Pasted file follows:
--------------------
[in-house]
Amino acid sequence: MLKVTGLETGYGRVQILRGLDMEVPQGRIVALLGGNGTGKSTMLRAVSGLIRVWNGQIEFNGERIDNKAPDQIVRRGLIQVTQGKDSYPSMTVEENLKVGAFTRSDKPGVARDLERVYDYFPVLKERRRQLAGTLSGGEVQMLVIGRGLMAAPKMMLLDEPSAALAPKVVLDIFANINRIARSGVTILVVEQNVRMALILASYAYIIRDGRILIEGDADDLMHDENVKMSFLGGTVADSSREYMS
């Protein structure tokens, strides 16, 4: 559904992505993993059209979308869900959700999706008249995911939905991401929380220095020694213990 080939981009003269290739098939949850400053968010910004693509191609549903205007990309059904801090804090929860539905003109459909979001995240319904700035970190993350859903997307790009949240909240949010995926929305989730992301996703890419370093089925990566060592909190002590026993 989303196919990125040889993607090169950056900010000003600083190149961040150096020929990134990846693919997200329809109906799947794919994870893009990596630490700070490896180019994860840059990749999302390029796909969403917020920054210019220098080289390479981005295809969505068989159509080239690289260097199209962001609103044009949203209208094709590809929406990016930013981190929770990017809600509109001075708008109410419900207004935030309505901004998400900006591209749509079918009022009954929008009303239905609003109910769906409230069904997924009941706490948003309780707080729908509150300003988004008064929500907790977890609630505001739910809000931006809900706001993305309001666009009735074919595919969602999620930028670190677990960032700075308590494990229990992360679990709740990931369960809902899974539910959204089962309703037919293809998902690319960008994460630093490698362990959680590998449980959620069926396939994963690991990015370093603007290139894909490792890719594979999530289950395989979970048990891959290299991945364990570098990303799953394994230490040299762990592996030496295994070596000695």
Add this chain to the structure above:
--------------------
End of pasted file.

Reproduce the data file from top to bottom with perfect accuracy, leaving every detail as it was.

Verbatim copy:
[in-house]
Amino acid sequence: MLKVTGLETGYGRVQILRGLDMEVPQGRIVALLGGNGTGKSTMLRAVSGLIRVWNGQIEFNGERIDNKAPDQIVRRGLIQVTQGKDSYPSMTVEENLKVGAFTRSDKPGVARDLERVYDYFPVLKERRRQLAGTLSGGEVQMLVIGRGLMAAPKMMLLDEPSAALAPKVVLDIFANINRIARSGVTILVVEQNVRMALILASYAYIIRDGRILIEGDADDLMHDENVKMSFLGGTVADSSREYMS
């Protein structure tokens, strides 16, 4: 559904992505993993059209979308869900959700999706008249995911939905991401929380220095020694213990 080939981009003269290739098939949850400053968010910004693509191609549903205007990309059904801090804090929860539905003109459909979001995240319904700035970190993350859903997307790009949240909240949010995926929305989730992301996703890419370093089925990566060592909190002590026993 989303196919990125040889993607090169950056900010000003600083190149961040150096020929990134990846693919997200329809109906799947794919994870893009990596630490700070490896180019994860840059990749999302390029796909969403917020920054210019220098080289390479981005295809969505068989159509080239690289260097199209962001609103044009949203209208094709590809929406990016930013981190929770990017809600509109001075708008109410419900207004935030309505901004998400900006591209749509079918009022009954929008009303239905609003109910769906409230069904997924009941706490948003309780707080729908509150300003988004008064929500907790977890609630505001739910809000931006809900706001993305309001666009009735074919595919969602999620930028670190677990960032700075308590494990229990992360679990709740990931369960809902899974539910959204089962309703037919293809998902690319960008994460630093490698362990959680590998449980959620069926396939994963690991990015370093603007290139894909490792890719594979999530289950395989979970048990891959290299991945364990570098990303799953394994230490040299762990592996030496295994070596000695």
Add this chain to the structure above: